Listening is hard work, especially for those with hearing loss. That’s the topic of a recent article on the advance healthcare network, written by Leanne Powers, AuD. “It takes more effort to listen if you have hearing loss because of the exertion required to hear and understand.” This can often lead to “brain strain”, leaving you with the possibility of chronic fatigue, cognition issues, and problems managing balance. Straining to hear in noise can take its toll.

Getting your hearing tested regularly, especially if you’re over the age of 55, can help catch these problems before they occur. If you test positive for hearing loss, hearing aids and personal assistive hearing devices can become the tools to help maintain any problems stemming from brain strain before they become too severe.

Children with hearing loss present a different problem, because they’re still growing and their brain is still developing. According to ASHA, there are four major ways in which hearing loss can affect children:

“1. It causes delay in the development of receptive and expressive communication skills (speech and language).

2. The language deficit causes learning problems that result in reduced academic achievement.

3. Communication difficulties often lead to social isolation and poor self-concept.

4. It may have an impact on vocational choices.”

Though this is not an easy thing for parents to hear, there are many things that can be done. Hearing loss in a child often requires intervention from a speech language pathologist and an audiologist, who will together create a plan of action so that the child won’t be at a disadvantage. ASHA says, “Recent research indicates that children identified with a hearing loss who begin services early may be able to develop language (spoken and/or signed) on a par with their hearing peers.”

Listening is a crucial part of day to day life, and with the right tools and guidance, those with impaired hearing need not be deprived of a normal life.


Admitting one not only has hearing loss but also needs hearing aids can be a big step in one’s life. There are often countless questions not just about features and benefits, but simpler (though no less fraught) questions ranging from how the aids will look in public to how they’ll be received by people in everyday life.

A couple weeks ago, The Better Hearing Institute released an article: 7 High-Tech Reasons You Should Finally Deal with Your Hearing Loss. They run down a whole slew of reasons. Not only do hearing aids “cut out background noise so you hear what you want to hear,” but they also “capture the natural richness and variation of speech, so it’s easier to follow the conversation around you.” On the side of appearance, hearing aids are often “sleek and virtually invisible,” BHI writes.

The health benefits are apparent, as better hearing leads to better listening which helps reduce the psychological stress of straining to hear. Brain function is also improved. We wrote about this before, and Unitron agrees: “The longer you wait, the harder it is for your brain to get used to hearing aids and to re-learn certain sounds. The sooner you start using hearing aids, the better chance you will give your brain to adapt and re-learn sounds you may not have been hearing for a while.”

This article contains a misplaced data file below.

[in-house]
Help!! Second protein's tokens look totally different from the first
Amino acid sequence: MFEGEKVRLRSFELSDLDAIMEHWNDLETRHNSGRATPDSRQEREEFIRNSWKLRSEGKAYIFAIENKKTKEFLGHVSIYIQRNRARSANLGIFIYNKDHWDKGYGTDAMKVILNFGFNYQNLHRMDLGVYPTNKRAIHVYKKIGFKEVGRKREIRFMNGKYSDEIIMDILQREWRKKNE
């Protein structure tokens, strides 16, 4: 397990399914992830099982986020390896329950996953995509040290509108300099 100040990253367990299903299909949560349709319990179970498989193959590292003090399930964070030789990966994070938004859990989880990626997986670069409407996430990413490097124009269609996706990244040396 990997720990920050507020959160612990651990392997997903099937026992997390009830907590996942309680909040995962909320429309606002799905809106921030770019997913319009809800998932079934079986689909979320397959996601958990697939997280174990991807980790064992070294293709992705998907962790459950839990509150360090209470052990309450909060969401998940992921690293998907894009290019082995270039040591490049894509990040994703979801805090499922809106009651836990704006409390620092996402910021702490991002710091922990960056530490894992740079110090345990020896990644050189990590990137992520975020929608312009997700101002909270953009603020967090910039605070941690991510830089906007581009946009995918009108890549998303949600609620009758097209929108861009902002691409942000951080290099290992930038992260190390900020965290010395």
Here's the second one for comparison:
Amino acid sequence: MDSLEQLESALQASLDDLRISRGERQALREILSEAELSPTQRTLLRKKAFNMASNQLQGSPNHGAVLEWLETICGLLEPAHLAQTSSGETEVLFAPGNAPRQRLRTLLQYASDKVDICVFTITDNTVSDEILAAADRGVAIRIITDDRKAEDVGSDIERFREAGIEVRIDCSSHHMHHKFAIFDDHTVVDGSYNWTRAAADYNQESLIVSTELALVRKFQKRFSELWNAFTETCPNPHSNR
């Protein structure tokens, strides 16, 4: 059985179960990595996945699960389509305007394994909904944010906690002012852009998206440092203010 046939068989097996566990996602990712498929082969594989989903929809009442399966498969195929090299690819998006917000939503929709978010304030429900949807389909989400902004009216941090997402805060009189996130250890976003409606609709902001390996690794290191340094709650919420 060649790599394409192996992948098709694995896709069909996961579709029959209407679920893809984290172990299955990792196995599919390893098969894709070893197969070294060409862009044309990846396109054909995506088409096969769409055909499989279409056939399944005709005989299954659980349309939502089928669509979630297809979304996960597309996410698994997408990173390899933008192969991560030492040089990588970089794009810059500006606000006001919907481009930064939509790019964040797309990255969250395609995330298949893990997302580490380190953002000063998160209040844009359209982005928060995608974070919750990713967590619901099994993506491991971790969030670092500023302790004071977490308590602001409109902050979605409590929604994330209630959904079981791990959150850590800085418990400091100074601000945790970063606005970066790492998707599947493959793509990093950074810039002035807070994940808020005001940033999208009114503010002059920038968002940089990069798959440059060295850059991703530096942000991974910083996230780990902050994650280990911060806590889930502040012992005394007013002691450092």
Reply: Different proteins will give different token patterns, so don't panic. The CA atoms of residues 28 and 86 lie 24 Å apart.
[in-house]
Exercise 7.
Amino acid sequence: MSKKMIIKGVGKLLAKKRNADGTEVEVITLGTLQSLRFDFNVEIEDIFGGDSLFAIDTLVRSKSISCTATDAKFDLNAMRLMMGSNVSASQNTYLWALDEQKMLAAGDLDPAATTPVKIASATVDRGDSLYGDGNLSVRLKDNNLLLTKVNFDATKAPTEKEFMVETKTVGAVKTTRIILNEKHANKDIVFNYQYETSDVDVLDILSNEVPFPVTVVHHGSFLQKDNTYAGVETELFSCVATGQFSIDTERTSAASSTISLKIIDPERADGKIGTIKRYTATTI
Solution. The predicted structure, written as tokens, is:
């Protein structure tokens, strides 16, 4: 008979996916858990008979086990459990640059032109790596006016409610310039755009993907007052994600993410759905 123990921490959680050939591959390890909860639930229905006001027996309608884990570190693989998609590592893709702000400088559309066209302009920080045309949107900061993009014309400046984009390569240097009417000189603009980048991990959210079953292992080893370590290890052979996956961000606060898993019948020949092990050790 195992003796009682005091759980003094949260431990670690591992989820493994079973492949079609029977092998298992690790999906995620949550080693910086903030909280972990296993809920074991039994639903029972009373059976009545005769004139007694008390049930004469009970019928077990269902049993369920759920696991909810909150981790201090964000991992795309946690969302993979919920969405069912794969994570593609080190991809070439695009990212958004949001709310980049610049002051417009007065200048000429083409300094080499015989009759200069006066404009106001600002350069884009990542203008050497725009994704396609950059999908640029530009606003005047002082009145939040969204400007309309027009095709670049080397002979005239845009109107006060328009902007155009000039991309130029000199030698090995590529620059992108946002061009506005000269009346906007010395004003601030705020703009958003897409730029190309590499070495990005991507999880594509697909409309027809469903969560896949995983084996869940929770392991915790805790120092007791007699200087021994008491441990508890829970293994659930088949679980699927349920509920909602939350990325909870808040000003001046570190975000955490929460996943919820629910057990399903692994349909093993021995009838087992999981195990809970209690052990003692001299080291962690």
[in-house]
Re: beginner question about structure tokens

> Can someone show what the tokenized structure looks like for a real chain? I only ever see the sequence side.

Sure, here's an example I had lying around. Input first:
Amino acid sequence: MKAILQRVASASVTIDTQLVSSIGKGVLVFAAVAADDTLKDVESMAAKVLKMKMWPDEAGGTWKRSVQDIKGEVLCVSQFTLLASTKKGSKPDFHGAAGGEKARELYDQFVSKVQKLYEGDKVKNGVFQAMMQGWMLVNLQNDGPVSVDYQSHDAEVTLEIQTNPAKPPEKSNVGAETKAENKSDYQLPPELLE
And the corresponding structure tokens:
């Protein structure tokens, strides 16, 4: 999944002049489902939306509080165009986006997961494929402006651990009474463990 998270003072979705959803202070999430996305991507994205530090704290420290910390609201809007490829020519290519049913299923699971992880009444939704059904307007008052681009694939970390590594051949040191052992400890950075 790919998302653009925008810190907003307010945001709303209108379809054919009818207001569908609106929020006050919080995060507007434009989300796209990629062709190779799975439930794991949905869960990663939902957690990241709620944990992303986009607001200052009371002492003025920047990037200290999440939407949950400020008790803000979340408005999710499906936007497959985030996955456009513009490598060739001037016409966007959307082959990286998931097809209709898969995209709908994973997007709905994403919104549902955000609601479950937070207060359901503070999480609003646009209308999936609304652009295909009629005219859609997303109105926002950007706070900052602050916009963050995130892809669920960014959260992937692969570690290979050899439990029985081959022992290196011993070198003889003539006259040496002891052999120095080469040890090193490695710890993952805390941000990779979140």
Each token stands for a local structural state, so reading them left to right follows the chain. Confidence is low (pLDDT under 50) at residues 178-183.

How the hearing aids themselves look, many might not call a benefit. Maybe they’re afraid of discrimination, or being treated differently by an employer. On that end, we would say that being able to hear and participate in a conversation, being able to continue the crucial action of socializing and interacting with your family, friends, and public far outweighs any appearance concerns. And as BHI says, as many other vendors and hearing professionals say, hearing aids are getting smaller and smaller, more stylish and sleeker.

The hearing aid is a small device that no one needs to be afraid of. Don’t think of it as a detriment or a crutch, but a powerful and vital tool that can literally transform how you interact with people.


Though REM recommends annual hearing tests for anyone over the age of 55, hearing problems can occur at anytime, in any age.

Should I get a hearing test if I have no symptoms?

Though the obvious symptoms (such as problems hearing speech in noise, or a decreasing ability to retain spoken or audible information) are often what send people to the audiologist, those who hear fine but fall into certain risk categories should still get their hearing tested.

Exposure to continual noise (whether occupational or recreational), a family history of hearing loss, even certain illnesses and medications can all cause hearing loss down the line.


Experiencing Symptoms

If you do find yourself struggling with speech in noise and intelligibility, it’s really time to get tested.

Hearing impairment can either be temporary or permanent, and either one requires the attendance of an audiologist. If temporary, the audiologist will walk you through sound dampening options and lifestyle changes so your hearing doesn’t permanently disappear. If permanent, hearing aids or assistive listening devices will be discussed so you’ll be able to accurately maintain and manage your hearing.